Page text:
Under this resolution three hundred and sixty-three persons voted, three hundred and sixty of whom were in favor of it. The finance committee, whose duty it was to receive and disburse the money raised under the resolution, to procure from the next Legislature legal sanction of the proceedings, and to co-operate with the town authorities in carrying out the measure, were Geo. W. Bradford, N.. Randall, J.M. Schermerhorn, G.J.J. Barber, George Cook, W.T. Hicok and A.W. Kingsbury. This fifty dollar bounty was paid by the town outside of the State or county; but thereafter the town made the amount of its bounties to correspond with the suggestions and regulations of the Board of Supervisors of the county, thus preventing unnecessary competition among the different towns in filling their quotas. Whenever calls were made for troops, and the quotas of the towns were established, with the amount of bounties to be paid throughout the county, the freeholders of Homer never failed to call special meetings for the consideration of the matters involved. Thus, when the president issued a call for 500,000 men in 1864, another special town meeting was called under date of July 21st, which was signed by J.Murray, P.C. Kingsbury, I.W. Brown, Wm. Coggshall, Geo. W. Bradford, C.M. Clark, Geo. J.J. Barber, Thomas D. Chollar, D.D.R. Ormsby, W.T. Hicok, C.A. Collins, J.M. Pierce, O. Bowen, Samuel Babcock, George Murray, Lorenzo Bennett and Luke Babcock. The meeting was held on the 30th of July, pursuant to the call, and the following was offered for consideration: -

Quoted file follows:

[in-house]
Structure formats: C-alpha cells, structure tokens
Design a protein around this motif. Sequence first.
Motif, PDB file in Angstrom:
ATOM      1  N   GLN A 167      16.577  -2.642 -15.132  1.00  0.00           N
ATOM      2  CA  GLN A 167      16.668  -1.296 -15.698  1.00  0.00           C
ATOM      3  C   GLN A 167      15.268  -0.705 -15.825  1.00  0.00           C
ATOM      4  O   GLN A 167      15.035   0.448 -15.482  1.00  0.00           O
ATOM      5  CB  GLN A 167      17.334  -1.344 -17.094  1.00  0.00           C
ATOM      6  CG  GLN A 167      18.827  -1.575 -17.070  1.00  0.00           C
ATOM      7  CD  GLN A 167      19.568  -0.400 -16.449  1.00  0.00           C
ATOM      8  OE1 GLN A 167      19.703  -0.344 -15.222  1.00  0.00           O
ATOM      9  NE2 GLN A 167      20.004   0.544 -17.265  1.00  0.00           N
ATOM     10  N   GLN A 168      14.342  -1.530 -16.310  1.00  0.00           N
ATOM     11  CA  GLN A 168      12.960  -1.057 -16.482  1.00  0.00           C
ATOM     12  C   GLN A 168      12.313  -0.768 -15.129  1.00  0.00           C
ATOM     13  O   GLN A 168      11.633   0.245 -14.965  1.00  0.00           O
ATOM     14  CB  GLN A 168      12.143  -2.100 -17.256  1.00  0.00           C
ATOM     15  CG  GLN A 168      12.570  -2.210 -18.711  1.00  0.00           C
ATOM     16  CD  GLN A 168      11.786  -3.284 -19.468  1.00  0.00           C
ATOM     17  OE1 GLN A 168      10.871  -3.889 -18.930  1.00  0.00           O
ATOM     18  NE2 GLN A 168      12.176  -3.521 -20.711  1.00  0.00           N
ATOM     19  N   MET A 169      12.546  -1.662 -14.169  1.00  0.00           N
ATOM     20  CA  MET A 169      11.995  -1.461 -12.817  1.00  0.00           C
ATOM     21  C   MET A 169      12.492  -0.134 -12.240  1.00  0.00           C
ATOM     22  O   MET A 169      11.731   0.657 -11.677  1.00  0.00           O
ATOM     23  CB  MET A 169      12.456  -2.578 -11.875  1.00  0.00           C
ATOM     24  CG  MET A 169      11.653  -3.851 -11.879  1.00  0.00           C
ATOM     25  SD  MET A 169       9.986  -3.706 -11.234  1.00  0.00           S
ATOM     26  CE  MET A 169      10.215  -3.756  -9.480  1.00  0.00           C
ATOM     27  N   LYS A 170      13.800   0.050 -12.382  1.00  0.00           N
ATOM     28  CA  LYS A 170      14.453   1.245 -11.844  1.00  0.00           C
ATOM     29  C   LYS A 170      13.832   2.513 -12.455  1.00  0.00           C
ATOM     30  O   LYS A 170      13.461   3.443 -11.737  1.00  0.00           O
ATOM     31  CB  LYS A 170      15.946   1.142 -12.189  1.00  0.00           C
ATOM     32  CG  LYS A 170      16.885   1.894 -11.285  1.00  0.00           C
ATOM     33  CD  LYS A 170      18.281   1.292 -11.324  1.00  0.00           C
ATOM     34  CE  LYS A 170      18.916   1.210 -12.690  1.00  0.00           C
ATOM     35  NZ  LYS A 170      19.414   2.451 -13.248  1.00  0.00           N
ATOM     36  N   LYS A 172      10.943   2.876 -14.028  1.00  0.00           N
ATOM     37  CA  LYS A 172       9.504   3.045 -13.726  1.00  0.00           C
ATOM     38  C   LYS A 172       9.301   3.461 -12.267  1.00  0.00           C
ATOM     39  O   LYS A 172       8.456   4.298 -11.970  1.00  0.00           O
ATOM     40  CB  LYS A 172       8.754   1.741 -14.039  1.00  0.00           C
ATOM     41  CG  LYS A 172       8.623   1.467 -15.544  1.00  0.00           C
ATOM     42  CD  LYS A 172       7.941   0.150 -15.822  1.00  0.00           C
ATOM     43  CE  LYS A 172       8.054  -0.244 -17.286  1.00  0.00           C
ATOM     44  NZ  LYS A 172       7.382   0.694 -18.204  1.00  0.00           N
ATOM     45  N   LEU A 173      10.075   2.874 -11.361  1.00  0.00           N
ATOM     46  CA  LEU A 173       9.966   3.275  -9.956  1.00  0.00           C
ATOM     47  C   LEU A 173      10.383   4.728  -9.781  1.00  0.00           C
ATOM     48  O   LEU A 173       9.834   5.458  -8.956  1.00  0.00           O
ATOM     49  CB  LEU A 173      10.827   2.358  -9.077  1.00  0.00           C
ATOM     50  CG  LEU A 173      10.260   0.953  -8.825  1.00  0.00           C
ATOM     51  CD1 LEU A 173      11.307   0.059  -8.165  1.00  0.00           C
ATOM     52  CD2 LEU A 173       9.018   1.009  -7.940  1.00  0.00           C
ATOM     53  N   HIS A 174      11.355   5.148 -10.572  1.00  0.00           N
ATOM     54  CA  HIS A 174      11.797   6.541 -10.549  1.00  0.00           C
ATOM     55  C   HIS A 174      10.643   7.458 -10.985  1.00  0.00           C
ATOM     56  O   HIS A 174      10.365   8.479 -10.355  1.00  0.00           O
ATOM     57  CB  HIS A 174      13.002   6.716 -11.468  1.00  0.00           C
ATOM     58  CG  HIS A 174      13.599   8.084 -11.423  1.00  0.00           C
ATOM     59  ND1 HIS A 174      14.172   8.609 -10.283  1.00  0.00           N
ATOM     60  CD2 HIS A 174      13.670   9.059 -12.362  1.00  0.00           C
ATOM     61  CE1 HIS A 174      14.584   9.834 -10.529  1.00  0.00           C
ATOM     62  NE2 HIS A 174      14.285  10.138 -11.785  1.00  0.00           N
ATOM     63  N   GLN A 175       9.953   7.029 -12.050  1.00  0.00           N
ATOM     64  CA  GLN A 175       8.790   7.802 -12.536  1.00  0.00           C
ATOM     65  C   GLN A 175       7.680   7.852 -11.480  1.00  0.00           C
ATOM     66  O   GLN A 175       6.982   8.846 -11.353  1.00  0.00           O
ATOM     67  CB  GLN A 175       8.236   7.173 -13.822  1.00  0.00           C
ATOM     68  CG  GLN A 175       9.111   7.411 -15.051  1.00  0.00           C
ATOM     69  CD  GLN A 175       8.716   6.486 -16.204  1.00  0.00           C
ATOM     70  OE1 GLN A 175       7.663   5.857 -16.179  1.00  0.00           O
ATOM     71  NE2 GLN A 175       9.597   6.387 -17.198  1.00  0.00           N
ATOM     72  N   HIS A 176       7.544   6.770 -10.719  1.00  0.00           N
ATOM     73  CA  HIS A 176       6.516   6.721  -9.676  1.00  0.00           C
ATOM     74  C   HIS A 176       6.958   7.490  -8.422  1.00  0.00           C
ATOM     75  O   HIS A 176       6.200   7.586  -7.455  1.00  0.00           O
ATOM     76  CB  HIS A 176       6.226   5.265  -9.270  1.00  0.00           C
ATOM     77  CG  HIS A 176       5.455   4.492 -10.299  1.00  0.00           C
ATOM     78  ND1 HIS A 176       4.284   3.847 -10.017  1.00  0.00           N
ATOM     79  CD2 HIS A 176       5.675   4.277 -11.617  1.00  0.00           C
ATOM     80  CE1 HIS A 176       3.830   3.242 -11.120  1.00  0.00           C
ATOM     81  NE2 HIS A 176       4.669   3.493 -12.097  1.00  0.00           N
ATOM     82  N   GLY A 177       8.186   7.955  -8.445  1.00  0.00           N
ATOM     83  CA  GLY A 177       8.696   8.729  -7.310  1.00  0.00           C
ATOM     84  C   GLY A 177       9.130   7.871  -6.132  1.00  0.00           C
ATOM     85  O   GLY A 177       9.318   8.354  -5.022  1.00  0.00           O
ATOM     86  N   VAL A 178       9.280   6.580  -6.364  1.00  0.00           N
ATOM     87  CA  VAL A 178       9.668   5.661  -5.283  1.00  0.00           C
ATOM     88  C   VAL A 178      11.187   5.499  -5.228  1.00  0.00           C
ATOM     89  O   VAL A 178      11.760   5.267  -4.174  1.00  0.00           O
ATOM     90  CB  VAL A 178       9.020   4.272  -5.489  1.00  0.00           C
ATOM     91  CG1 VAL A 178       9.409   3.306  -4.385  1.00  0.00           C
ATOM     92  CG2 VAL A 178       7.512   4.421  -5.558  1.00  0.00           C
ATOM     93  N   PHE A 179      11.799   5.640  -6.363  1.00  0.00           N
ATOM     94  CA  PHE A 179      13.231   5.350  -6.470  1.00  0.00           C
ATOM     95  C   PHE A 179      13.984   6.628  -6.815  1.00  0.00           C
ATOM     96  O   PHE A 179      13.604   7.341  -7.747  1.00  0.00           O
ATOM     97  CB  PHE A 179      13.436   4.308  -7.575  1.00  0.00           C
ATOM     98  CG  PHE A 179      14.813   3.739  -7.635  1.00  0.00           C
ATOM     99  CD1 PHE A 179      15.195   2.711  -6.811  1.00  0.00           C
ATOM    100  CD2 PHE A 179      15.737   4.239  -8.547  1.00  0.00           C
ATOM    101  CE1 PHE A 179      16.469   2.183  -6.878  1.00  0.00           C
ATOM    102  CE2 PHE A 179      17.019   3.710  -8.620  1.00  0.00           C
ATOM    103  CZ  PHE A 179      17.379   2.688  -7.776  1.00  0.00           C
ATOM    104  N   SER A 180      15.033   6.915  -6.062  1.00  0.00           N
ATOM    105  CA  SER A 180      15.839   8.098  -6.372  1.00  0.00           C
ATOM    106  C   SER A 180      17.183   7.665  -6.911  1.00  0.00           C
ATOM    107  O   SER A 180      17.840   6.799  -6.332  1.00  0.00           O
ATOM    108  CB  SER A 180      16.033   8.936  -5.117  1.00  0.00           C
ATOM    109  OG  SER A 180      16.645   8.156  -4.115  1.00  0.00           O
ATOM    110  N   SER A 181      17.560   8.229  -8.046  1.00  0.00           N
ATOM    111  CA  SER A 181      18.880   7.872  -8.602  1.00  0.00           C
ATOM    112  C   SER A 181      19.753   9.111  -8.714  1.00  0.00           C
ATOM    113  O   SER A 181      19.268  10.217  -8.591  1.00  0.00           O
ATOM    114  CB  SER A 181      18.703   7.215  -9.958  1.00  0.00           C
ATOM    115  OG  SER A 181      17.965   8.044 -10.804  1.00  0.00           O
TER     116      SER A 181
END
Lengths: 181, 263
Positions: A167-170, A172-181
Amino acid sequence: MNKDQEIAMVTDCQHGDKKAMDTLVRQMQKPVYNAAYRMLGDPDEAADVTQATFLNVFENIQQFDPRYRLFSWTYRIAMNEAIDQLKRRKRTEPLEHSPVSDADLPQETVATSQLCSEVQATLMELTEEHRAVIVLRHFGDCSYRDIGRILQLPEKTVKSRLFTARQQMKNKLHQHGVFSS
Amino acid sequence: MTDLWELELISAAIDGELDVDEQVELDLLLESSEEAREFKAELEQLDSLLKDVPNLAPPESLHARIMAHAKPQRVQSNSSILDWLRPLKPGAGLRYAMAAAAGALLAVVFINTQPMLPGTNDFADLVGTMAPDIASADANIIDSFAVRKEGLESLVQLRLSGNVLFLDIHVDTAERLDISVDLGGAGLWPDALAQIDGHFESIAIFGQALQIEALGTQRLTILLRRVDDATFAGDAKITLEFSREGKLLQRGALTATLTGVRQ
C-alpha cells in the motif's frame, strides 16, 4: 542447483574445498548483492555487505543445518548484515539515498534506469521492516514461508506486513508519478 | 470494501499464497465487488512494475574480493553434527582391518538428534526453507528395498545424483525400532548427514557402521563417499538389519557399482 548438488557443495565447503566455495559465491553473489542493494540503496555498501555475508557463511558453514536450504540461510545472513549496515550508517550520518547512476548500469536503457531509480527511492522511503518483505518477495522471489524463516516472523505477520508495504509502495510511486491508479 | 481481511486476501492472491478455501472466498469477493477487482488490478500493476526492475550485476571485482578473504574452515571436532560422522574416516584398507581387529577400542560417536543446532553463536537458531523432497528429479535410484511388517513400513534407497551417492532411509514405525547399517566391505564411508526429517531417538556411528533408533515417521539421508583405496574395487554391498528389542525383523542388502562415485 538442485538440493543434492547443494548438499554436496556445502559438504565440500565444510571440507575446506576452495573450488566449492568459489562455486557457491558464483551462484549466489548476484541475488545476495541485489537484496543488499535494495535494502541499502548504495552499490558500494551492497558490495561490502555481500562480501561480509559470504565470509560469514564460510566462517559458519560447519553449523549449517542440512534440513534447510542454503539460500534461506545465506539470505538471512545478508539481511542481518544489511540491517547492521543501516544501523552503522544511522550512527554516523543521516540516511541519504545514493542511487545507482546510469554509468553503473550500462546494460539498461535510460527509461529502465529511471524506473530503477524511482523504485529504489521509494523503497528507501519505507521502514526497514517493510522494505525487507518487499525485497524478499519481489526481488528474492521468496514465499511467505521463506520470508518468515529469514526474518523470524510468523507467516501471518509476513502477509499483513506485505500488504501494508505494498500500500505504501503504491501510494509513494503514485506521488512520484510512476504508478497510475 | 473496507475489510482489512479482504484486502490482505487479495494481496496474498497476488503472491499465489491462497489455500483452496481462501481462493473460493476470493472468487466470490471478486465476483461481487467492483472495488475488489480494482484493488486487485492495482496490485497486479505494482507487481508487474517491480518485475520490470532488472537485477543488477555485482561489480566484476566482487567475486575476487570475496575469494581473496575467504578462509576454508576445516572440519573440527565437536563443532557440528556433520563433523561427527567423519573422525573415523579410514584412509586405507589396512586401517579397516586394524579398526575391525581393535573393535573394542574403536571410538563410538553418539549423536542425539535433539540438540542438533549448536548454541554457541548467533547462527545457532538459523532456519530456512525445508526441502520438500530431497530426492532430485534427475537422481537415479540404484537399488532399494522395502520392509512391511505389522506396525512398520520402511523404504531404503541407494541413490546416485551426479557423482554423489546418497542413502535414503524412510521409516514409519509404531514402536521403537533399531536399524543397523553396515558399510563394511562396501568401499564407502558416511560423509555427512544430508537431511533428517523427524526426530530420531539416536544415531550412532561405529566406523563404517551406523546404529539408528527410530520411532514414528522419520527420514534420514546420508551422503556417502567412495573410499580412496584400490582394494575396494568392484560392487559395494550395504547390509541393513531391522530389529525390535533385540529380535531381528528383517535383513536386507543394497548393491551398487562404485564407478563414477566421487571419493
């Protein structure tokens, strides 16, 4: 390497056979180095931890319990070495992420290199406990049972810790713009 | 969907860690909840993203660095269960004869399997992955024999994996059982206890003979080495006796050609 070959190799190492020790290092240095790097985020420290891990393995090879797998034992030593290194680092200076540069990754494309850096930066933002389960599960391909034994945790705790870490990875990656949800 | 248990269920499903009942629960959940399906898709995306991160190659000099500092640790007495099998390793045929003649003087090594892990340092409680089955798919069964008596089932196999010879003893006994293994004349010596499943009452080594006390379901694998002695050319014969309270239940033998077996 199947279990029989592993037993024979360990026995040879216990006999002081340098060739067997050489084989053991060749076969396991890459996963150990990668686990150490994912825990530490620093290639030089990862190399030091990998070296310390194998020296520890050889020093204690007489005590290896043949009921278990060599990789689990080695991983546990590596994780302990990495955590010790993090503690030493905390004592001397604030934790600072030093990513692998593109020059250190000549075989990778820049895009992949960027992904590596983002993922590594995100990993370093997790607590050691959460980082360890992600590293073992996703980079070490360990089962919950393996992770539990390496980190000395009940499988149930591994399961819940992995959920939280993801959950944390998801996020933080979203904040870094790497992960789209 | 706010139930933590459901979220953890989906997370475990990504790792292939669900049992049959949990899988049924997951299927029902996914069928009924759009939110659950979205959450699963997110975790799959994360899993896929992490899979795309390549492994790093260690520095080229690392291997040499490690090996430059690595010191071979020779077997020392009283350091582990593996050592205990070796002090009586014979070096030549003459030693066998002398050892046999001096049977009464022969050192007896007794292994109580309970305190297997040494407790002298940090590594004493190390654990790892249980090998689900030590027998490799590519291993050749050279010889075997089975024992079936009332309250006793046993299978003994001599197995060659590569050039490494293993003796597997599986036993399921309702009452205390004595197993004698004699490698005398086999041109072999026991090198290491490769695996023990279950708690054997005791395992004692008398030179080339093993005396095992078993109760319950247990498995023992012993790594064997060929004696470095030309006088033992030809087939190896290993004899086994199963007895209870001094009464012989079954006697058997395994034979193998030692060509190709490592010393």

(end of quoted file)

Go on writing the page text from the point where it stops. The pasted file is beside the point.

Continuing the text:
"Whereas, On the 27th day of July, 1864, Tthe Board of Supervisors of Cortland county in special session, at the court-house in Cortland village, in said county recommended to the electors of the several towns to hold special meetings in their respective towns and adopt the following resolution: -
"Resolved, That the town of Homer hereby offers bounty to each volunteer of $150 for all who enlist for one year, and the sum of $250 to each volunteer who may enlist for two years, or for a a longer term, and who shall be accepted and mustered into the service of the United States and credited to said town, under the last call of the president of the United States for 500,000 troops; and in case other counties offer larger bounties than those above named, these offers be correspondingly raised, if deemed expedient by the committee, - therefore,
"Resolved, That this meeting does now proceed to vote on the above resolution, by the town clerk recording the ayes and noes of each elector who may desire to vote on said resolution."
The certificate of the clerk showed that the whole number of votes cast was one hundred and forty-seven, of which one hundred and forty-two were in favor of it.
On the 30th of August, 1864, the freeholders of the town again met to consider the propriety of raising the bounty of soldiers; this meeting terminated in a request to the town clerk to call a special town meeting of the electors of the town, to be held on the 7th day of September, 1864. The meeting was held and the following resolution adopted: